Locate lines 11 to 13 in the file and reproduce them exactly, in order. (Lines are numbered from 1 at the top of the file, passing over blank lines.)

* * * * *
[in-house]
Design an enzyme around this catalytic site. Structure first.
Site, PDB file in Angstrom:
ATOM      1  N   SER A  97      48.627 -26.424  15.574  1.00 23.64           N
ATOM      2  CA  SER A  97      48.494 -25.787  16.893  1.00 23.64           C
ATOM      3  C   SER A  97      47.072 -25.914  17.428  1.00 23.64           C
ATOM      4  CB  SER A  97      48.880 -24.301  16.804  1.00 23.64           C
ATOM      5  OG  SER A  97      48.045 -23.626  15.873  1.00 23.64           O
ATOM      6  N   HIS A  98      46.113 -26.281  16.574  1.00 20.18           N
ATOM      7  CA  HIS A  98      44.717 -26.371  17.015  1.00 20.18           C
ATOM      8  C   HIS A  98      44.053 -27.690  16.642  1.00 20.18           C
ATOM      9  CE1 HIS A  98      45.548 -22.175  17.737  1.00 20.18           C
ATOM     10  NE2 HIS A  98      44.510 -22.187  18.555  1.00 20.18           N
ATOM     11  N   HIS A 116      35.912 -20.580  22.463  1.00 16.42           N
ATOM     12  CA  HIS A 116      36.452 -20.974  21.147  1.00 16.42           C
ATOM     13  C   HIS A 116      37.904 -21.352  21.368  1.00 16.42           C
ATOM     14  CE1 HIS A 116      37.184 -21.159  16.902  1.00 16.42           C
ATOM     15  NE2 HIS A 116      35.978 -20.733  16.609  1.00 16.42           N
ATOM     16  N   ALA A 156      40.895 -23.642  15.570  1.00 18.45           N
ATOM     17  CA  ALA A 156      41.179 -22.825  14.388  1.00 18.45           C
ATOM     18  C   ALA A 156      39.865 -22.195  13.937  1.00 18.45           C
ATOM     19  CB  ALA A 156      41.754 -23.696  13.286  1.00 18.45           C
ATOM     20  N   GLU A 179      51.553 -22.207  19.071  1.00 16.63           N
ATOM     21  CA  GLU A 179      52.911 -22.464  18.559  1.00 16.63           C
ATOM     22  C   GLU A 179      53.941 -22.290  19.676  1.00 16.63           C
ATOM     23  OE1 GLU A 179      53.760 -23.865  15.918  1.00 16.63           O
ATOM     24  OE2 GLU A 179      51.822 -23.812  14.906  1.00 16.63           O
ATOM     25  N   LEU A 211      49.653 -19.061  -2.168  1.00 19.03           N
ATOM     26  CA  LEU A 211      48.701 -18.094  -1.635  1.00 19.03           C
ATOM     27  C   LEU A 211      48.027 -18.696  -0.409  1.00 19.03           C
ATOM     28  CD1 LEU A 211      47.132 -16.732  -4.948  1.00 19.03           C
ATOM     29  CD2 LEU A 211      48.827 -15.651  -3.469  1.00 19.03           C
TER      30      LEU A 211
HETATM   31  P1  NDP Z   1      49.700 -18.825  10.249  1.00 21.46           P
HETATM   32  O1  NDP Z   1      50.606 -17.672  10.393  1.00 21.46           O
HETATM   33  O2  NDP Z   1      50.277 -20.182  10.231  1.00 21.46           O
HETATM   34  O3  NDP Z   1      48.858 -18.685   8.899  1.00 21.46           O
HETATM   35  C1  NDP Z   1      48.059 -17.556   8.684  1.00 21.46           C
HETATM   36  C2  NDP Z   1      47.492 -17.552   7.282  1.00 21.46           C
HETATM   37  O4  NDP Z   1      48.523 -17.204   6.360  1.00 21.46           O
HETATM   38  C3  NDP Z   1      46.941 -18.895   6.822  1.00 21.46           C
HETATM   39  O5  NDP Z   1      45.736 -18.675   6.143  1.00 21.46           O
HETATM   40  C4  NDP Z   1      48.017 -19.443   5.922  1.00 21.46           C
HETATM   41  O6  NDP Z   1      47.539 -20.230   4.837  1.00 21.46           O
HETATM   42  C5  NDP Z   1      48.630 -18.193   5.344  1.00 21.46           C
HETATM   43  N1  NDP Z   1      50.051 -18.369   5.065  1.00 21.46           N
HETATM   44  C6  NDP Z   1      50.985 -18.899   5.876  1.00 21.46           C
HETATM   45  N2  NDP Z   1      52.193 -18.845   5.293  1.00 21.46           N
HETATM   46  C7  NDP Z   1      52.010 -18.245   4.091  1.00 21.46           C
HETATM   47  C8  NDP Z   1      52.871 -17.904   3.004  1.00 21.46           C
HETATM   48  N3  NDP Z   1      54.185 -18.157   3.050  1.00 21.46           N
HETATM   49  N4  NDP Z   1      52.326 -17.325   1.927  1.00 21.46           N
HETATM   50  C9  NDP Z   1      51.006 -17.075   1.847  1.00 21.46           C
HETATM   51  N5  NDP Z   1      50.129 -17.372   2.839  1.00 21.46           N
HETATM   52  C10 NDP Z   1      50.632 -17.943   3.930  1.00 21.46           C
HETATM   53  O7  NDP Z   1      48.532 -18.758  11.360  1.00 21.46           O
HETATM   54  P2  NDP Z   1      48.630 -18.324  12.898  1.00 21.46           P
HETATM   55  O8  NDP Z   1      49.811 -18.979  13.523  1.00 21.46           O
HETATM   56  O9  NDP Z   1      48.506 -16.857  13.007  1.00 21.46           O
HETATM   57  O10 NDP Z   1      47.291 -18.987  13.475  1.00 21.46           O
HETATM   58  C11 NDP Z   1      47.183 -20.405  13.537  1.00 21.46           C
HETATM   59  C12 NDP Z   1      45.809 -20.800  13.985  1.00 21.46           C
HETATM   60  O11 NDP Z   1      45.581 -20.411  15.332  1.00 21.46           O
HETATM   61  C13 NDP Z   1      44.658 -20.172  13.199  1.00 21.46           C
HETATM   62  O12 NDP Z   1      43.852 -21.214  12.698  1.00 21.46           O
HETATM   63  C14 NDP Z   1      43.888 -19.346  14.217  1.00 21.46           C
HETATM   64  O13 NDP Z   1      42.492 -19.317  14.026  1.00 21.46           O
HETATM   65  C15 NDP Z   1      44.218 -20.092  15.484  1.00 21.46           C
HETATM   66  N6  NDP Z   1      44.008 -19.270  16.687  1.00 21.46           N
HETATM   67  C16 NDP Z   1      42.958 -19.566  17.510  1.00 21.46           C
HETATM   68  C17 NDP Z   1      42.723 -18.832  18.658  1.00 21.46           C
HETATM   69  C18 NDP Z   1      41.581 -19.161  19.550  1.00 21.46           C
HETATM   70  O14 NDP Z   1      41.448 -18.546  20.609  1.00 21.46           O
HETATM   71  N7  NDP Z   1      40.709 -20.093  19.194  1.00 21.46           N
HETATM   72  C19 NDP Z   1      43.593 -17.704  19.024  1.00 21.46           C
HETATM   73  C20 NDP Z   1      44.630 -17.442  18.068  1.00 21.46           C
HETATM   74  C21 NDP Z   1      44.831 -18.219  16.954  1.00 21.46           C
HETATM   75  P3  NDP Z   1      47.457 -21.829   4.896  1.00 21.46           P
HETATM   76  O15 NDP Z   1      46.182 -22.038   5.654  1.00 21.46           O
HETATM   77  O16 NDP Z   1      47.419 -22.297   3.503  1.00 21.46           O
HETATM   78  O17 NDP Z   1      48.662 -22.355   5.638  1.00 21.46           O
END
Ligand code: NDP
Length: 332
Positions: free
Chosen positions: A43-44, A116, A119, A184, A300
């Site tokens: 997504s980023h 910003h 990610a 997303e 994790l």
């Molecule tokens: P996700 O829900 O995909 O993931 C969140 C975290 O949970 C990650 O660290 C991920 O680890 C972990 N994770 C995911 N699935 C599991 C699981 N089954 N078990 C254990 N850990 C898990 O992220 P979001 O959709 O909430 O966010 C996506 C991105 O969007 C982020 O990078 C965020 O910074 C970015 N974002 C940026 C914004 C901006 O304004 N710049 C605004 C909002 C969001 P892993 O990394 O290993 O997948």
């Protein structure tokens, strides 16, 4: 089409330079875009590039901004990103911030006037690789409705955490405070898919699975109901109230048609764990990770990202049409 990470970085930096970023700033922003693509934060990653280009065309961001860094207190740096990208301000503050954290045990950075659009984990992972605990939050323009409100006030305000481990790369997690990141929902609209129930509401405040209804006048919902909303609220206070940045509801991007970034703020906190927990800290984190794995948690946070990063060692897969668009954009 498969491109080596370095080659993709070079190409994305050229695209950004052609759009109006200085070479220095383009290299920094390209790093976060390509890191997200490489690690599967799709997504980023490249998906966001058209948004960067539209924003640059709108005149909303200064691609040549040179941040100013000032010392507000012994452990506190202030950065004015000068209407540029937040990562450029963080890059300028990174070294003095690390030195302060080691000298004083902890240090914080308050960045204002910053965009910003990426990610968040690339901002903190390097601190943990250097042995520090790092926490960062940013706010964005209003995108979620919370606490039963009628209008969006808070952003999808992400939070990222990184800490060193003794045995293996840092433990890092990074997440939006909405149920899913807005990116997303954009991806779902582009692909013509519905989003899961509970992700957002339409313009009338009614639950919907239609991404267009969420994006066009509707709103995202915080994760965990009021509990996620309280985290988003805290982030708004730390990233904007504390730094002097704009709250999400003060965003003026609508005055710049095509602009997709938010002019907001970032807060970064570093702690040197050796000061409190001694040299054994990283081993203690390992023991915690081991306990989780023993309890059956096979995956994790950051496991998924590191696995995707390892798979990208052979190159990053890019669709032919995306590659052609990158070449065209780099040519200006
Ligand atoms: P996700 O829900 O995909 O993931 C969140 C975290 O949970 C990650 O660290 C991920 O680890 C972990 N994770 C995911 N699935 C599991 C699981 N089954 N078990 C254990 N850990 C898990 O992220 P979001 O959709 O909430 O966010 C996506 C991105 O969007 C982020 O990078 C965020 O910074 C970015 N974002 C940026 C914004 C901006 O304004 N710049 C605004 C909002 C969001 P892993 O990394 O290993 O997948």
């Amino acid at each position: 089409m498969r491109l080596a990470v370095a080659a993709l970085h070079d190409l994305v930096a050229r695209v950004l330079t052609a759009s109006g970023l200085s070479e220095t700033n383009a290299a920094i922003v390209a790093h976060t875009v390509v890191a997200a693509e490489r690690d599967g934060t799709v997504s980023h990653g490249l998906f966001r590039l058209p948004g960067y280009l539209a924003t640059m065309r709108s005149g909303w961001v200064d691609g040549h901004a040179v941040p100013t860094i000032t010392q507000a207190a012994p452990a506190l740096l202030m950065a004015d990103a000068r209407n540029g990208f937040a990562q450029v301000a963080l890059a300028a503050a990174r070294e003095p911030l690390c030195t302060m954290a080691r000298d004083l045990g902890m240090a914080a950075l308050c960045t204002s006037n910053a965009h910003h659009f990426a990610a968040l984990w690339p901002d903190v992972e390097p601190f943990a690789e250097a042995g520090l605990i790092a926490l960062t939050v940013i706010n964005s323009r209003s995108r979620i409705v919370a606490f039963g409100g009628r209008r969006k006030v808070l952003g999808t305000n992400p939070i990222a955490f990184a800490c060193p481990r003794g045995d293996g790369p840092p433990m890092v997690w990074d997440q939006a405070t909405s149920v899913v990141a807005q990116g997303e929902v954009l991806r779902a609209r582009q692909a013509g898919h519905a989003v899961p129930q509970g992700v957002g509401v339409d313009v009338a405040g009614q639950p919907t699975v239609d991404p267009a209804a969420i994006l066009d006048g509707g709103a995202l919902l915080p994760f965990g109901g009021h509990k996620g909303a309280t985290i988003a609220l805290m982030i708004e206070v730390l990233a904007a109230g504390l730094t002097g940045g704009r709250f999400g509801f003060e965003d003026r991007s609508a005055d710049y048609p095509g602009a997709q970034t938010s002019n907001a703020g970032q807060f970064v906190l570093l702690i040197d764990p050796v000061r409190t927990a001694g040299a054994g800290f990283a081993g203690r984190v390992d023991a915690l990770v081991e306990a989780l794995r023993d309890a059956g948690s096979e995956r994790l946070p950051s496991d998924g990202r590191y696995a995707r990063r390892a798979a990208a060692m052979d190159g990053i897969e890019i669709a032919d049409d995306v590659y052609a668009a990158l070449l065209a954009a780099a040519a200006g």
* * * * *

ATOM      8  C   HIS A  98      44.053 -27.690  16.642  1.00 20.18           C
ATOM      9  CE1 HIS A  98      45.548 -22.175  17.737  1.00 20.18           C
ATOM     10  NE2 HIS A  98      44.510 -22.187  18.555  1.00 20.18           N